Ankie Spitzer and Ilana Romano, the widows of two of the 11 Israelis killed at the Munich Olympics in 1972, blasted the International Olympic Committee (IOC) and its president at a London commemoration on Monday.
The two said they had tried for four decades to convince the IOC to organize an official commemoration for their slain loved ones, but to no avail. They vowed to continue their efforts at future Games.
Israel’s Olympic Committee hosted Monday’s commemoration at Guildhall in London, with International Olympic Committee President Jacques Rogge in attendance, along with top British politicians, Israel’s sports minister and Germany’s foreign minister.
Spitzer condemned Rogge to his face for his refusal to hold the one minute silence, saying the “call was heard all over the world, but only the International Olympic Committee remains deaf and blind.”
Spitzer received a standing ovation when she accused the IOC of having the wrong priorities and values.
“Is the IOC only interested in power, money and politics that they have forgotten what they are supposed to promote: peace brotherhood and fair play?” she said.
“Shame on you International Olympic Committee because you have forsaken the 11 members of your Olympic family, you are discriminating against them only because they are Israelis and Jews,” Spitzer added, and then promised: “We will be back because until we hear the words you need to say because you owe it to them.”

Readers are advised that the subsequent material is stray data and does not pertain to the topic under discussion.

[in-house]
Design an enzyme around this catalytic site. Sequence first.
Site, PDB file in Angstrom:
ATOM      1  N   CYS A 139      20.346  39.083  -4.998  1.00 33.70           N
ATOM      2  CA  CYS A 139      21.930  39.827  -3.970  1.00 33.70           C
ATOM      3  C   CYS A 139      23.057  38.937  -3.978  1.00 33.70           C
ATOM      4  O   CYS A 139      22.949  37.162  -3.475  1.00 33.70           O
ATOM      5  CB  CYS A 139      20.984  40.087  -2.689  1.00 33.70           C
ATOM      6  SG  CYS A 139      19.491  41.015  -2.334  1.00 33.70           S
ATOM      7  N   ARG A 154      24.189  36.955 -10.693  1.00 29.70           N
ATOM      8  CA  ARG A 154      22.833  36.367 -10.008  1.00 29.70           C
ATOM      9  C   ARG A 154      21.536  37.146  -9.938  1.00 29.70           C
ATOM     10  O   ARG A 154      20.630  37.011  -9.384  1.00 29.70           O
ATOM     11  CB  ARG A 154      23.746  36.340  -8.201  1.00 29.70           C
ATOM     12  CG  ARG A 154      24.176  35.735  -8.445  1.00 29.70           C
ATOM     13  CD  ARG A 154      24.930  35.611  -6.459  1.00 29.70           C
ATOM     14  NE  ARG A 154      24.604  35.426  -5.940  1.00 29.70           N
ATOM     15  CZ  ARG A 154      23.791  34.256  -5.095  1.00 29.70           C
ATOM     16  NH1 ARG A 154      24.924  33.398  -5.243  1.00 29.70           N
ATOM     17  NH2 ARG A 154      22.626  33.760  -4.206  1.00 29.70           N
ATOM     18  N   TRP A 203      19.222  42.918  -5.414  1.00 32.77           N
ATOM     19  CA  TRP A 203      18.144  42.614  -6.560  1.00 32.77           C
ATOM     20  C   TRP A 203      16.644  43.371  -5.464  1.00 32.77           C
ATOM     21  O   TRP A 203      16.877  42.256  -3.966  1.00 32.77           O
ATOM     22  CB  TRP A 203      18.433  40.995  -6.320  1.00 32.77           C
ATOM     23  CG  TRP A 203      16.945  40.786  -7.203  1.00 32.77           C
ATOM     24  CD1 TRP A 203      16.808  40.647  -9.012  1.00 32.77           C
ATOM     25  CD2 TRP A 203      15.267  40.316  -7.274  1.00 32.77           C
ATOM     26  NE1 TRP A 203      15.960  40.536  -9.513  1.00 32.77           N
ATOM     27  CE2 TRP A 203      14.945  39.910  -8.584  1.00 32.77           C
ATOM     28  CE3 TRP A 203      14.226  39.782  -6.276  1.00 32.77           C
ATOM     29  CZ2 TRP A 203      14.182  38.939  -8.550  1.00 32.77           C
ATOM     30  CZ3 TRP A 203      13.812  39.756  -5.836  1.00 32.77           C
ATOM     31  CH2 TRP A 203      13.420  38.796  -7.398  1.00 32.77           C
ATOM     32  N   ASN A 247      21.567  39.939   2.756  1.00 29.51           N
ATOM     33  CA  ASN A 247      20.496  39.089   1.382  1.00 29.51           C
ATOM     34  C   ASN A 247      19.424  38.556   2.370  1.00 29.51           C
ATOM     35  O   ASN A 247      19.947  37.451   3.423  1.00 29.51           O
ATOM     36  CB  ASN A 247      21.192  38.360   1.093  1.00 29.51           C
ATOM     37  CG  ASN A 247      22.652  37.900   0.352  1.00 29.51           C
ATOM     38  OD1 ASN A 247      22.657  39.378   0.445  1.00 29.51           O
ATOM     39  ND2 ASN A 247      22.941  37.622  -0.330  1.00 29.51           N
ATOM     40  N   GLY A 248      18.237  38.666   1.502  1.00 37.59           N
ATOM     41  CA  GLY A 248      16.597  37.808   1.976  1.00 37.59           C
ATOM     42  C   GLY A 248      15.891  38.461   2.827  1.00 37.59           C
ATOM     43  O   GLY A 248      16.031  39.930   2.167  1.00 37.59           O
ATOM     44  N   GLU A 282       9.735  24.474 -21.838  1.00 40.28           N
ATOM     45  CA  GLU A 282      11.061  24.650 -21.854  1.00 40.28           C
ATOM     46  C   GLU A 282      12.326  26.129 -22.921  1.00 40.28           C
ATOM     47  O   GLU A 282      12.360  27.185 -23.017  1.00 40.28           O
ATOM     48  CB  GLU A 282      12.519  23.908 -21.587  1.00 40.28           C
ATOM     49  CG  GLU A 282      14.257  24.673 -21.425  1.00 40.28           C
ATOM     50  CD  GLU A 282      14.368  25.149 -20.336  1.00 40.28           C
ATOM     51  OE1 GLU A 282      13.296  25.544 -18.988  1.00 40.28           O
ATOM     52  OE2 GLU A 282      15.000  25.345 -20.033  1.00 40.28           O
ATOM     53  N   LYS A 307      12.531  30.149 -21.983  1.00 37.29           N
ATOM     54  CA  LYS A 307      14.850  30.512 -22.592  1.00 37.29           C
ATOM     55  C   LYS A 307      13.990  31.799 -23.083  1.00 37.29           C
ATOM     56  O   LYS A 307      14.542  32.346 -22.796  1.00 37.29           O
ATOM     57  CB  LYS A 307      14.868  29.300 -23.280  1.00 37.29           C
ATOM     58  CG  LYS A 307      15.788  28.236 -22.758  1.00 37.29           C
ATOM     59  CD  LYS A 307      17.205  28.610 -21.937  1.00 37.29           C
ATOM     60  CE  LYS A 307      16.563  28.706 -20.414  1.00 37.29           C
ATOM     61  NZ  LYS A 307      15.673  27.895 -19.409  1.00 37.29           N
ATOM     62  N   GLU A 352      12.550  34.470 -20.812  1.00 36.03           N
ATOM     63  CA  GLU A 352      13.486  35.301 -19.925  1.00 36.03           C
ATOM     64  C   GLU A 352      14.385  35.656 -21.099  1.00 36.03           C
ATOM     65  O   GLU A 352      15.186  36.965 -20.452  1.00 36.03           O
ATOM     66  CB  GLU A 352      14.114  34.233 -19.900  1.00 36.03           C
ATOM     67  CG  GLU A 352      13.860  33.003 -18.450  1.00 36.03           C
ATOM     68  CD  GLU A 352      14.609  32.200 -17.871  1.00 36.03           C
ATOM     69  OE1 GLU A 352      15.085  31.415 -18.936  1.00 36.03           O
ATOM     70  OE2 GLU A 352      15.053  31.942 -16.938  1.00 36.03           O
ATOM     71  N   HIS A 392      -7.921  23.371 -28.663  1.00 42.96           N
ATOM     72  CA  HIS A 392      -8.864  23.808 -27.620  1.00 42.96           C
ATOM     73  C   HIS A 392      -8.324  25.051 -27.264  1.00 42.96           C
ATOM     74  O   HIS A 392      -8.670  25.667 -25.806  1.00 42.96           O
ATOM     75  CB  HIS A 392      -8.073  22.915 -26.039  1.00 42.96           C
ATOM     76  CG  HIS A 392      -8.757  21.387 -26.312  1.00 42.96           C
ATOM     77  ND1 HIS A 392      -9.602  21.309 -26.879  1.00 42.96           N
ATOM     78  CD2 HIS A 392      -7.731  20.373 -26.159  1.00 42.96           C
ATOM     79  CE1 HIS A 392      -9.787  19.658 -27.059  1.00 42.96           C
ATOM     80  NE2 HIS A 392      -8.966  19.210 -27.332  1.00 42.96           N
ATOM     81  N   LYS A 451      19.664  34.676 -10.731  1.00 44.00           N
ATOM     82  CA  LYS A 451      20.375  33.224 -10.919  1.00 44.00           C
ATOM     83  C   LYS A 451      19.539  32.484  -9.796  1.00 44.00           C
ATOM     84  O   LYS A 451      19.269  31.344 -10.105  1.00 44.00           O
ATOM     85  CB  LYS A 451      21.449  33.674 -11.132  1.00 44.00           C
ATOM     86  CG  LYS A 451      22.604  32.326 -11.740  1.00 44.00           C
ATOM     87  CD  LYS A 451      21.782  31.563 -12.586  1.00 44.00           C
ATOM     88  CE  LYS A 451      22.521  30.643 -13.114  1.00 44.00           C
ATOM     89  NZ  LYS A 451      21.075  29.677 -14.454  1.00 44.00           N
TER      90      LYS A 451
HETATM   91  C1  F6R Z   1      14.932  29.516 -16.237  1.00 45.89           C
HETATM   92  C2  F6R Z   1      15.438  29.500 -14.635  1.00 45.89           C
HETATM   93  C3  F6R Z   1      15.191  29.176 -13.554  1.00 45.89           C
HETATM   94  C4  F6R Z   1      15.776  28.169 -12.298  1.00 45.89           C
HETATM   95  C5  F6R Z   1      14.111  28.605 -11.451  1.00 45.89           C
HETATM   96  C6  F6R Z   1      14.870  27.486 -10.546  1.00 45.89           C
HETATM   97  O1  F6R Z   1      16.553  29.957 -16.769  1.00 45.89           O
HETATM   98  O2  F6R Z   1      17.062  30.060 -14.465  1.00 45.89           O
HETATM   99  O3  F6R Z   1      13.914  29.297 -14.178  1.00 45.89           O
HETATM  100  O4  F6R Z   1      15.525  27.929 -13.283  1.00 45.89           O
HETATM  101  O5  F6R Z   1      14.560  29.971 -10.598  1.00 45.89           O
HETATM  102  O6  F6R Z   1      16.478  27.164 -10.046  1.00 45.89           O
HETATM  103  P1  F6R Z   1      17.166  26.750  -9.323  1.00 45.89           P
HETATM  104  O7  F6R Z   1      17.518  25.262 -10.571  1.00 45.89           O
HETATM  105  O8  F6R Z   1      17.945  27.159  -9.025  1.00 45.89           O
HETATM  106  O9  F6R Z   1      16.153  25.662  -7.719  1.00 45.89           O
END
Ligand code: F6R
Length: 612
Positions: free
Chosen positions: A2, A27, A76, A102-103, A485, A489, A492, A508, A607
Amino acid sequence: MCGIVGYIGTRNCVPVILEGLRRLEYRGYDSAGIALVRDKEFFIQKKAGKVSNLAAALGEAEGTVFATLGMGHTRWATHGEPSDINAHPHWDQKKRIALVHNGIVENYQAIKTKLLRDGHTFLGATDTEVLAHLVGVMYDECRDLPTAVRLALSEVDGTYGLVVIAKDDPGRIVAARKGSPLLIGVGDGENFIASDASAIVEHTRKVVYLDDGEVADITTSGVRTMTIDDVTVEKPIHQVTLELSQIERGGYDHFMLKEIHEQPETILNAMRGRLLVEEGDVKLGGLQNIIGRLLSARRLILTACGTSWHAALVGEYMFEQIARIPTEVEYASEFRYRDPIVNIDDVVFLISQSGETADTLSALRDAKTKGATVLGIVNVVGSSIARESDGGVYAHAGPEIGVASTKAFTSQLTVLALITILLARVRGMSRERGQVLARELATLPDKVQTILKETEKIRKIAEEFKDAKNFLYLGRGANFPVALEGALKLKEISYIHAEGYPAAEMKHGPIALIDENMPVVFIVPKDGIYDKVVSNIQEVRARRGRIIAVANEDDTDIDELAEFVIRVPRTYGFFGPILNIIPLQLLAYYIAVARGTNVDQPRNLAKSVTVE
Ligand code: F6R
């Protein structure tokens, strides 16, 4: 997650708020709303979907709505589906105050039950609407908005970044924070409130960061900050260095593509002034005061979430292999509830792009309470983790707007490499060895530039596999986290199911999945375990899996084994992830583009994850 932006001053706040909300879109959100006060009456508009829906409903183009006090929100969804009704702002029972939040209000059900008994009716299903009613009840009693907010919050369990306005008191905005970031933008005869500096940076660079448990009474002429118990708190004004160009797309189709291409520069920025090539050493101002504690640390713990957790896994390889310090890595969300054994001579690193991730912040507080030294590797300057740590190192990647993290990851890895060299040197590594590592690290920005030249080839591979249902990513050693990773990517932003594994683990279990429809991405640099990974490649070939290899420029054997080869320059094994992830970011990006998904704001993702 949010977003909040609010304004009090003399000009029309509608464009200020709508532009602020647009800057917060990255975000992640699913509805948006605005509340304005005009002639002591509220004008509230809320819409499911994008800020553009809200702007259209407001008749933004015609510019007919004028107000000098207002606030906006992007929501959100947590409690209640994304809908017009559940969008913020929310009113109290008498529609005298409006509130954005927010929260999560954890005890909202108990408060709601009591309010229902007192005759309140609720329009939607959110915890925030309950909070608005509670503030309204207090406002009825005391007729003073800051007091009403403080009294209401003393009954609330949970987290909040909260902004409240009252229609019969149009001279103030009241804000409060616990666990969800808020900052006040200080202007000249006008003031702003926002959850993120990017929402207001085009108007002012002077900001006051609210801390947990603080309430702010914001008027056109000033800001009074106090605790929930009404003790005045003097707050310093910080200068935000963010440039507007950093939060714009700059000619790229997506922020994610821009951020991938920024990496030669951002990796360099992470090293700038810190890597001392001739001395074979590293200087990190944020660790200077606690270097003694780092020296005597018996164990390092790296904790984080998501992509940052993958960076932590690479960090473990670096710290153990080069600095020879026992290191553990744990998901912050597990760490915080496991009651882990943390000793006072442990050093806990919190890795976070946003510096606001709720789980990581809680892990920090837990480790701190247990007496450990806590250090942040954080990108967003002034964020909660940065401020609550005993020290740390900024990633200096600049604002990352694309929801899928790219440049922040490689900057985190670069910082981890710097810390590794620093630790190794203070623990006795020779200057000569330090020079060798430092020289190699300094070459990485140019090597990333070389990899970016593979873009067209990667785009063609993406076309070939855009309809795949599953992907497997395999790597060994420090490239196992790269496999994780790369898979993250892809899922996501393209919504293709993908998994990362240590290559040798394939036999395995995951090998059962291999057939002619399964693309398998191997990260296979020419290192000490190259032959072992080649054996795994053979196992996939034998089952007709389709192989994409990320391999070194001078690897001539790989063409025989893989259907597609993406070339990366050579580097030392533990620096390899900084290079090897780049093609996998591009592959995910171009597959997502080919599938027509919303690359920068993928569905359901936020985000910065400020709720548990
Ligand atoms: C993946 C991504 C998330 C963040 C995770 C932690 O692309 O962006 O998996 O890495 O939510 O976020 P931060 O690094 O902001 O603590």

Romano, in her turn, said of her husband and his teammates: “They were killed on Olympic soil and the appropriate place to remember them is at the opening ceremony.”
The hundreds of invited guests, who stood for a minute of silence.
Rogge told the audience how everybody remembered the “horrific events of 1972” even if they had not yet been born, saying the mass murder was “the worst days of the Olympic movement.”
“We are all here today because we share a duty those innocent victims and to history to make sure the lessons of 1972 are never forgotten … we are here to speak with one voice against terrorism,” he said.
President Obama sent his greeting, which was read by U.S. Ambassador to Britain, Louis Susman: “While the United States supported a moment of silence in their honor, we welcome any effort to recall the terrible loss that was suffered in Munich and the lives of those who were lost.”
British Prime Minister David Cameron said the Munich massacre was “a sickening act of terrorism that betrayed everything the Olympic movement stands for and everything that we in Britain believe in.”
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